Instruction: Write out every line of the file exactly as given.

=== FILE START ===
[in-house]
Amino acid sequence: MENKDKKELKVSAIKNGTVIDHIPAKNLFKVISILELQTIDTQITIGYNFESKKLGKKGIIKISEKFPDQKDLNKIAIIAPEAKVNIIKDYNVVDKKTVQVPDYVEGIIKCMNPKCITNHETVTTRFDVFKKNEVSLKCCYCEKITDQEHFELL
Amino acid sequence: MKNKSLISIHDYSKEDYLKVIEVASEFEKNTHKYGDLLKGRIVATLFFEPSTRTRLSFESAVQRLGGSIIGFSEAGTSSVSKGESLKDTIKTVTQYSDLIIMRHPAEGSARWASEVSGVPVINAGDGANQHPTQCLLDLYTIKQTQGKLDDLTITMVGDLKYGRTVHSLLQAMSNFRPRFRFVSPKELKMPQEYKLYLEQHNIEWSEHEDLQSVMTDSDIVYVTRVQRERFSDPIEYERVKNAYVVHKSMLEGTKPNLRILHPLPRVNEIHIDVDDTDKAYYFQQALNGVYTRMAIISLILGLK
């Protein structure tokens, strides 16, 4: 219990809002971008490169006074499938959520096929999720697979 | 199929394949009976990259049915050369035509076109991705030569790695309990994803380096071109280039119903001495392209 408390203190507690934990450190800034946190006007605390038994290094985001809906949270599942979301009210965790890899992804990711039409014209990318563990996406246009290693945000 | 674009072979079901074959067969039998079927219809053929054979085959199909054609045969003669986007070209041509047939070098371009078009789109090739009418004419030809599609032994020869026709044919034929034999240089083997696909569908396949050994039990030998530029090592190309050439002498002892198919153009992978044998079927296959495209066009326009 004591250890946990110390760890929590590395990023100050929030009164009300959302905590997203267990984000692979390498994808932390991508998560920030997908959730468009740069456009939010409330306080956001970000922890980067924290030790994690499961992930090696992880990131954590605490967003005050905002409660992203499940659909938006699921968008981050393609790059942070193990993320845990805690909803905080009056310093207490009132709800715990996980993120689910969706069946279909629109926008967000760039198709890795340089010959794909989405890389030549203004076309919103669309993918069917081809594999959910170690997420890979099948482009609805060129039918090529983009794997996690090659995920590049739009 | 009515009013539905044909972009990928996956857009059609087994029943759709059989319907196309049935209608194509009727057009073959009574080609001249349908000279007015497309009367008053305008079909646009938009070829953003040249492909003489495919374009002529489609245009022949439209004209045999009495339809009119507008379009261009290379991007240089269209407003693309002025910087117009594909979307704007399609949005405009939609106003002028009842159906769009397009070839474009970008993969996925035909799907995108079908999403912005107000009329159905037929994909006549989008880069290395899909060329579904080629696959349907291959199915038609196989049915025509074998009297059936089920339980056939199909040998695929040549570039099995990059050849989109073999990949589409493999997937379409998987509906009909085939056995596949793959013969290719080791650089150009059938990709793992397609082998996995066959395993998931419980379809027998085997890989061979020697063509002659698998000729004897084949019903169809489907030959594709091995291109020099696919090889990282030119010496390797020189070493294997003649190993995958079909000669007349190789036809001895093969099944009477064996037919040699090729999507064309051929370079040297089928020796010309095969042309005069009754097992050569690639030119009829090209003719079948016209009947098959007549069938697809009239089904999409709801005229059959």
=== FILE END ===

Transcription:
[in-house]
Amino acid sequence: MENKDKKELKVSAIKNGTVIDHIPAKNLFKVISILELQTIDTQITIGYNFESKKLGKKGIIKISEKFPDQKDLNKIAIIAPEAKVNIIKDYNVVDKKTVQVPDYVEGIIKCMNPKCITNHETVTTRFDVFKKNEVSLKCCYCEKITDQEHFELL
Amino acid sequence: MKNKSLISIHDYSKEDYLKVIEVASEFEKNTHKYGDLLKGRIVATLFFEPSTRTRLSFESAVQRLGGSIIGFSEAGTSSVSKGESLKDTIKTVTQYSDLIIMRHPAEGSARWASEVSGVPVINAGDGANQHPTQCLLDLYTIKQTQGKLDDLTITMVGDLKYGRTVHSLLQAMSNFRPRFRFVSPKELKMPQEYKLYLEQHNIEWSEHEDLQSVMTDSDIVYVTRVQRERFSDPIEYERVKNAYVVHKSMLEGTKPNLRILHPLPRVNEIHIDVDDTDKAYYFQQALNGVYTRMAIISLILGLK
């Protein structure tokens, strides 16, 4: 219990809002971008490169006074499938959520096929999720697979 | 199929394949009976990259049915050369035509076109991705030569790695309990994803380096071109280039119903001495392209 408390203190507690934990450190800034946190006007605390038994290094985001809906949270599942979301009210965790890899992804990711039409014209990318563990996406246009290693945000 | 674009072979079901074959067969039998079927219809053929054979085959199909054609045969003669986007070209041509047939070098371009078009789109090739009418004419030809599609032994020869026709044919034929034999240089083997696909569908396949050994039990030998530029090592190309050439002498002892198919153009992978044998079927296959495209066009326009 004591250890946990110390760890929590590395990023100050929030009164009300959302905590997203267990984000692979390498994808932390991508998560920030997908959730468009740069456009939010409330306080956001970000922890980067924290030790994690499961992930090696992880990131954590605490967003005050905002409660992203499940659909938006699921968008981050393609790059942070193990993320845990805690909803905080009056310093207490009132709800715990996980993120689910969706069946279909629109926008967000760039198709890795340089010959794909989405890389030549203004076309919103669309993918069917081809594999959910170690997420890979099948482009609805060129039918090529983009794997996690090659995920590049739009 | 009515009013539905044909972009990928996956857009059609087994029943759709059989319907196309049935209608194509009727057009073959009574080609001249349908000279007015497309009367008053305008079909646009938009070829953003040249492909003489495919374009002529489609245009022949439209004209045999009495339809009119507008379009261009290379991007240089269209407003693309002025910087117009594909979307704007399609949005405009939609106003002028009842159906769009397009070839474009970008993969996925035909799907995108079908999403912005107000009329159905037929994909006549989008880069290395899909060329579904080629696959349907291959199915038609196989049915025509074998009297059936089920339980056939199909040998695929040549570039099995990059050849989109073999990949589409493999997937379409998987509906009909085939056995596949793959013969290719080791650089150009059938990709793992397609082998996995066959395993998931419980379809027998085997890989061979020697063509002659698998000729004897084949019903169809489907030959594709091995291109020099696919090889990282030119010496390797020189070493294997003649190993995958079909000669007349190789036809001895093969099944009477064996037919040699090729999507064309051929370079040297089928020796010309095969042309005069009754097992050569690639030119009829090209003719079948016209009947098959007549069938697809009239089904999409709801005229059959």